First-year Geisel medical student Patrick Tolosky believes empowerment through health and wellbeing can be an effective avenue toward breaking the cycle of poverty—it’s why he wants to become a physician.
Experiences such as working as a volunteer on medical mission trips to Honduras and practicing as an oncology nurse in Arizona helped Meghan Bullock ’20 decide that medical school was the right path for her.
Meet some of the members of the Geisel School of Medicine’s Class of 2021—KC Collier, Tianrae Chu, and Allie Morgan—as they share their stories about what brought them to the Dartmouth community and why they wanted to pursue a career in medicine.
When Bill Eidtson, Geisel’s director of learning support and accessibility services, talks about his interest in education, the conversation is punctuated with lively observations on educational technology and satire, which on the surface appear to be unrelated. However, he believes they can help people develop critical thinking skills.
Geisel School of Medicine Dean Duane Compton, PhD, announced today that Gregory Ogrinc, MD, MS, an internationally recognized innovator in medical education, has been name the Senior Associate Dean for Medical Education, a role that he has served in on an interim basis since 2014.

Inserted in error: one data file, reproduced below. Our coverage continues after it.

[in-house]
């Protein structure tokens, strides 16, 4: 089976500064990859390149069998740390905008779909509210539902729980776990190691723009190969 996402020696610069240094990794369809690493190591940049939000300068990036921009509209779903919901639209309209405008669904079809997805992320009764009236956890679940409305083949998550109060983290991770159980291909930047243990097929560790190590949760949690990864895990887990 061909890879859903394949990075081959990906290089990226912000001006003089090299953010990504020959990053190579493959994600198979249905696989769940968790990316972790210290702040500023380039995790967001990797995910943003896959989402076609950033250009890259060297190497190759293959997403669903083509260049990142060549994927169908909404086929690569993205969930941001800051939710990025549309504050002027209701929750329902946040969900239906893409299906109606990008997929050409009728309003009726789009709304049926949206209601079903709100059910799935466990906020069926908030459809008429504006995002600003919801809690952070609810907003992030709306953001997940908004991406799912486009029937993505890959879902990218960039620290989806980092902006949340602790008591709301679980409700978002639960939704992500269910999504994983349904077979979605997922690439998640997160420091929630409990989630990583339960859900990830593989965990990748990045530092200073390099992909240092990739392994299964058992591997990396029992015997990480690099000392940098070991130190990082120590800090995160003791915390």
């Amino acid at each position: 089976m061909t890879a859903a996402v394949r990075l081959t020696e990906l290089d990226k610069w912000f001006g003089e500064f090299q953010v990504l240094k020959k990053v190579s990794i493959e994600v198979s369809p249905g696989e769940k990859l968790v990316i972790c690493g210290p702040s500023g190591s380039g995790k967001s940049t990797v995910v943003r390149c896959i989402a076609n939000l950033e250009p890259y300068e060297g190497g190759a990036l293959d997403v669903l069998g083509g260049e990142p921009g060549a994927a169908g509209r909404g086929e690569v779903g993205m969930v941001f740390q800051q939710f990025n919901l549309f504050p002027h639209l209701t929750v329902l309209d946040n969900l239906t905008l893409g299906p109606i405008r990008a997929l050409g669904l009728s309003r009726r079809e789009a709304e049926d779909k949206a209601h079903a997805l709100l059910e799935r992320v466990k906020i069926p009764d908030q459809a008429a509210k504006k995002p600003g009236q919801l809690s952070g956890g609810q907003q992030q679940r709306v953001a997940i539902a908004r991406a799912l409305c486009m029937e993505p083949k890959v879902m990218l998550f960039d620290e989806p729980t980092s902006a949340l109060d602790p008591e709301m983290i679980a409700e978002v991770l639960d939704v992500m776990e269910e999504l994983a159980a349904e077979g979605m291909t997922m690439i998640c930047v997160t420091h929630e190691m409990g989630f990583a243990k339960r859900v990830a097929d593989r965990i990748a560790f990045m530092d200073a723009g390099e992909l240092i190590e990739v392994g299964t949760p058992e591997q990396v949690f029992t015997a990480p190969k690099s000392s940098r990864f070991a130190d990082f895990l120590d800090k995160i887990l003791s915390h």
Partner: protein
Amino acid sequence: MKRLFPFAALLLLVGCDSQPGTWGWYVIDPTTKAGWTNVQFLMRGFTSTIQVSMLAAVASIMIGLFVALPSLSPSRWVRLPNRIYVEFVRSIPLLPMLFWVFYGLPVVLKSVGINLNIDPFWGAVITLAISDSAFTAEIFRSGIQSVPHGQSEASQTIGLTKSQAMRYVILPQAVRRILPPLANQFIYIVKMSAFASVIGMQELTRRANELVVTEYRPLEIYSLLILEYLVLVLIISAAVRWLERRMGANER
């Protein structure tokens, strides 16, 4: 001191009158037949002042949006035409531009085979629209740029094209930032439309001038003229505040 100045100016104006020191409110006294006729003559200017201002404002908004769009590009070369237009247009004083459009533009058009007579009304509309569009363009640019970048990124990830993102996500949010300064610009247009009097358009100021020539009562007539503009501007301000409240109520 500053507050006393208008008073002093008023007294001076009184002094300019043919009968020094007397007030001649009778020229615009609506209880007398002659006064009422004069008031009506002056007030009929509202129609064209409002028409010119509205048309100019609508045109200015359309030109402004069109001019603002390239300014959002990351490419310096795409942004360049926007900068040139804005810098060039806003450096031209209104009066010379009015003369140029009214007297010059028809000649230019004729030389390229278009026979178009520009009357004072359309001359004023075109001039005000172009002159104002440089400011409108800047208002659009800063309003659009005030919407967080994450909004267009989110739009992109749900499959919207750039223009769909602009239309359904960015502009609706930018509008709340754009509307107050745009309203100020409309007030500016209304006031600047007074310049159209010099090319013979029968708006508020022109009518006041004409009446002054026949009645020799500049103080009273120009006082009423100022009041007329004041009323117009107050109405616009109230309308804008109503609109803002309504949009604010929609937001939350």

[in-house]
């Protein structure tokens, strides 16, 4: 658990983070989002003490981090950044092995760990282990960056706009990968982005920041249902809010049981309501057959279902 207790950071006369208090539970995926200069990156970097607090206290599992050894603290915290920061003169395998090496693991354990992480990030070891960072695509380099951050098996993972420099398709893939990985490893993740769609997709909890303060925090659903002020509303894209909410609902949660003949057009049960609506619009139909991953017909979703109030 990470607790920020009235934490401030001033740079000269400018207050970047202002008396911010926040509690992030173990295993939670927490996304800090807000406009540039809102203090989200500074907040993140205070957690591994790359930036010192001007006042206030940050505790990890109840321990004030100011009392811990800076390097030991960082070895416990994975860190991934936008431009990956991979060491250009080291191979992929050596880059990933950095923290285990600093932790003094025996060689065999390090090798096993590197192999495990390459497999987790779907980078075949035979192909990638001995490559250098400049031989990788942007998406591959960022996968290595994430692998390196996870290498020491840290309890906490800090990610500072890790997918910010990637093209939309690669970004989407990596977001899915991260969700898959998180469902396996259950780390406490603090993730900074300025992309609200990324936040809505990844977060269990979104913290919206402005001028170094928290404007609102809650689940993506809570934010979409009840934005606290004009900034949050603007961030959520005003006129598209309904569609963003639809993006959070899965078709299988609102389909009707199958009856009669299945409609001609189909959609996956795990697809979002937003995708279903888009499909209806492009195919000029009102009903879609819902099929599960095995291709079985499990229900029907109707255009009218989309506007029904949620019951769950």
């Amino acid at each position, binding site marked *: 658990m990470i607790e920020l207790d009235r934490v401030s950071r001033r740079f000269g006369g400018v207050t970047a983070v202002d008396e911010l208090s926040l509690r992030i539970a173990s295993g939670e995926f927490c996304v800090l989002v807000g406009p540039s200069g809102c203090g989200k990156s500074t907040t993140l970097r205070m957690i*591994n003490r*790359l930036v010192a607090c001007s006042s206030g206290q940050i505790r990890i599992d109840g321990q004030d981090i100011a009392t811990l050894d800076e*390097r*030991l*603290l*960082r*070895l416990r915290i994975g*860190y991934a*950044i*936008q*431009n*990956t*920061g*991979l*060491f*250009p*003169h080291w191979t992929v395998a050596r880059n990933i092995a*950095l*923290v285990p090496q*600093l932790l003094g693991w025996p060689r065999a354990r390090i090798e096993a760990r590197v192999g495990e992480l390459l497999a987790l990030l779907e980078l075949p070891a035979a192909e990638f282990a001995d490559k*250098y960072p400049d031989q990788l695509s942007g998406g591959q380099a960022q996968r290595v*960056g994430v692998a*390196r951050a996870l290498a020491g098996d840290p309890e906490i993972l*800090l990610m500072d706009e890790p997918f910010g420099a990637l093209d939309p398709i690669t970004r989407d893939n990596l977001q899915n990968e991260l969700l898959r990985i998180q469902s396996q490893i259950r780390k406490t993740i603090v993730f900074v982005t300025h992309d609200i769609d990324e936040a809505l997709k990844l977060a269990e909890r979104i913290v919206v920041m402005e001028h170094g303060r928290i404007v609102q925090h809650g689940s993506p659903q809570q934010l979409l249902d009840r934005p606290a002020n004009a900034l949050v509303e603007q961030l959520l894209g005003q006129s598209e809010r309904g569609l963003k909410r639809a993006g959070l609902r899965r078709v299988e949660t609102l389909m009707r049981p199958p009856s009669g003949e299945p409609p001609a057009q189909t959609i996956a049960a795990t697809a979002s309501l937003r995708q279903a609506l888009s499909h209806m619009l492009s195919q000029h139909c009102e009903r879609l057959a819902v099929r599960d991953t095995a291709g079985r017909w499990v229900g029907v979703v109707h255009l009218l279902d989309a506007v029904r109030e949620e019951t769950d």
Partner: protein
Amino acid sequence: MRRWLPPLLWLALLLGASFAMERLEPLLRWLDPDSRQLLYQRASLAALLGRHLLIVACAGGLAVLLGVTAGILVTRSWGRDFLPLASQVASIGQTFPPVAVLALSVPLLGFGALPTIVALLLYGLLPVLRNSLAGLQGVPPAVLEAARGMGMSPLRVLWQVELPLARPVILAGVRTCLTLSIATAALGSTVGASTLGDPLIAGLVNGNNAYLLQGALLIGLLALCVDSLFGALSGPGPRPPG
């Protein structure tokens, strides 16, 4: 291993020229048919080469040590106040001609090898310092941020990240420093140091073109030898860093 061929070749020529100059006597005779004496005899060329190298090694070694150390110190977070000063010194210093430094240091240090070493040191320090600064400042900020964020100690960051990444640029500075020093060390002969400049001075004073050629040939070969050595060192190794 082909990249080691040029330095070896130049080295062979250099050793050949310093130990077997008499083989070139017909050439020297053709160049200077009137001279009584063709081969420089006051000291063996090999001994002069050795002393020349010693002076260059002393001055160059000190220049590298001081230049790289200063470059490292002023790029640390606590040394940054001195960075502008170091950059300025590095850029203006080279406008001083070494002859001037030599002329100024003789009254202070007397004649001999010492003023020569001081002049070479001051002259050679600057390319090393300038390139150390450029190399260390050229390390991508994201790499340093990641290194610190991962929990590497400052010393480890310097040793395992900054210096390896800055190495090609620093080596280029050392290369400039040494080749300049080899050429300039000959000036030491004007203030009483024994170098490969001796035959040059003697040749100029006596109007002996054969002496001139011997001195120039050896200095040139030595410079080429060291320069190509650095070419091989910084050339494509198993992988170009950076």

Meet some of the members of the Geisel School of Medicine’s Class of 2021—Sand Mastrangelo, Shuaibu Ali, Sylvia Guerra, and Meredith Ryan—as they share their stories about what brought them to the Dartmouth community and why they wanted to pursue a career in medicine
Dartmouth’s Graduate Program in Quantitative Biomedical Sciences (QBS) is offering a new master’s degree with a concentration in health data science beginning in fall 2018.
The 92 members of the Geisel School of Medicine Class of 2021 ended their first full week of classes on a high note as they donned the symbol of their new profession.
Project 439 seeks to stem the rising tide of opioid overdose deaths in New Hampshire while helping those struggling with substance abuse protect their health.
Morgan Gilman, a fourth-year graduate student in the McLellan Lab at Geisel, is helping lead efforts to understand how a particular type of protein allows deadly viruses—such as Ebola and RSV (respiratory syncytial virus)—to gain entry into host cells, and how antibodies can be developed to neutralize that process.